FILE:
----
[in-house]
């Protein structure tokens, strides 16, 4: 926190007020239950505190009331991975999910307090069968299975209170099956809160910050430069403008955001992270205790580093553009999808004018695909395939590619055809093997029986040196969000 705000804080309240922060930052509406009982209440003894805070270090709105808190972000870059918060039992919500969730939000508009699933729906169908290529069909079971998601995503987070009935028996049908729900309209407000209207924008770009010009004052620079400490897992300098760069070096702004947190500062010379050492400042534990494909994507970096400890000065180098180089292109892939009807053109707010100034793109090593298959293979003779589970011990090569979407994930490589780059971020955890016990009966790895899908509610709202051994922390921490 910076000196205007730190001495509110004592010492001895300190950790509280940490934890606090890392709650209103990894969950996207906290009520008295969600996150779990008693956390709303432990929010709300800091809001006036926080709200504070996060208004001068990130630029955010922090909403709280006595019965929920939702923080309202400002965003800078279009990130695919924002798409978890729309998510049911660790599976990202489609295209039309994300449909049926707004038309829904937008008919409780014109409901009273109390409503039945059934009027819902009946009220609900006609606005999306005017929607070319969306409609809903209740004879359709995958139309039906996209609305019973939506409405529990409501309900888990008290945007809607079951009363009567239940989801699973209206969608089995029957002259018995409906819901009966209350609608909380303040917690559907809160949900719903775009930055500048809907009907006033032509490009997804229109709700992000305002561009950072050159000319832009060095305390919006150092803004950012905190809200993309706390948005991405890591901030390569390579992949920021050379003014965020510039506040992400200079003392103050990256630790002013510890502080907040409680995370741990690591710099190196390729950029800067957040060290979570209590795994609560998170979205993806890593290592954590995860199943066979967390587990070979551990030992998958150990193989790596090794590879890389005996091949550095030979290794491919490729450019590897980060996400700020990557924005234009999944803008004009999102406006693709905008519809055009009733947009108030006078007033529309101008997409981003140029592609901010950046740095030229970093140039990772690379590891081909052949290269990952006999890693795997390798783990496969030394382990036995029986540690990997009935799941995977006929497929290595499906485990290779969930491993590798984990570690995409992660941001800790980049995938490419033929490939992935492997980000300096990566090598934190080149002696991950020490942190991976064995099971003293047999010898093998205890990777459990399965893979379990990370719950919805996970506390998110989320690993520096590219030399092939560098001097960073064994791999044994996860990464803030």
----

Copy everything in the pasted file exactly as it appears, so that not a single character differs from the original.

[in-house]
């Protein structure tokens, strides 16, 4: 926190007020239950505190009331991975999910307090069968299975209170099956809160910050430069403008955001992270205790580093553009999808004018695909395939590619055809093997029986040196969000 705000804080309240922060930052509406009982209440003894805070270090709105808190972000870059918060039992919500969730939000508009699933729906169908290529069909079971998601995503987070009935028996049908729900309209407000209207924008770009010009004052620079400490897992300098760069070096702004947190500062010379050492400042534990494909994507970096400890000065180098180089292109892939009807053109707010100034793109090593298959293979003779589970011990090569979407994930490589780059971020955890016990009966790895899908509610709202051994922390921490 910076000196205007730190001495509110004592010492001895300190950790509280940490934890606090890392709650209103990894969950996207906290009520008295969600996150779990008693956390709303432990929010709300800091809001006036926080709200504070996060208004001068990130630029955010922090909403709280006595019965929920939702923080309202400002965003800078279009990130695919924002798409978890729309998510049911660790599976990202489609295209039309994300449909049926707004038309829904937008008919409780014109409901009273109390409503039945059934009027819902009946009220609900006609606005999306005017929607070319969306409609809903209740004879359709995958139309039906996209609305019973939506409405529990409501309900888990008290945007809607079951009363009567239940989801699973209206969608089995029957002259018995409906819901009966209350609608909380303040917690559907809160949900719903775009930055500048809907009907006033032509490009997804229109709700992000305002561009950072050159000319832009060095305390919006150092803004950012905190809200993309706390948005991405890591901030390569390579992949920021050379003014965020510039506040992400200079003392103050990256630790002013510890502080907040409680995370741990690591710099190196390729950029800067957040060290979570209590795994609560998170979205993806890593290592954590995860199943066979967390587990070979551990030992998958150990193989790596090794590879890389005996091949550095030979290794491919490729450019590897980060996400700020990557924005234009999944803008004009999102406006693709905008519809055009009733947009108030006078007033529309101008997409981003140029592609901010950046740095030229970093140039990772690379590891081909052949290269990952006999890693795997390798783990496969030394382990036995029986540690990997009935799941995977006929497929290595499906485990290779969930491993590798984990570690995409992660941001800790980049995938490419033929490939992935492997980000300096990566090598934190080149002696991950020490942190991976064995099971003293047999010898093998205890990777459990399965893979379990990370719950919805996970506390998110989320690993520096590219030399092939560098001097960073064994791999044994996860990464803030």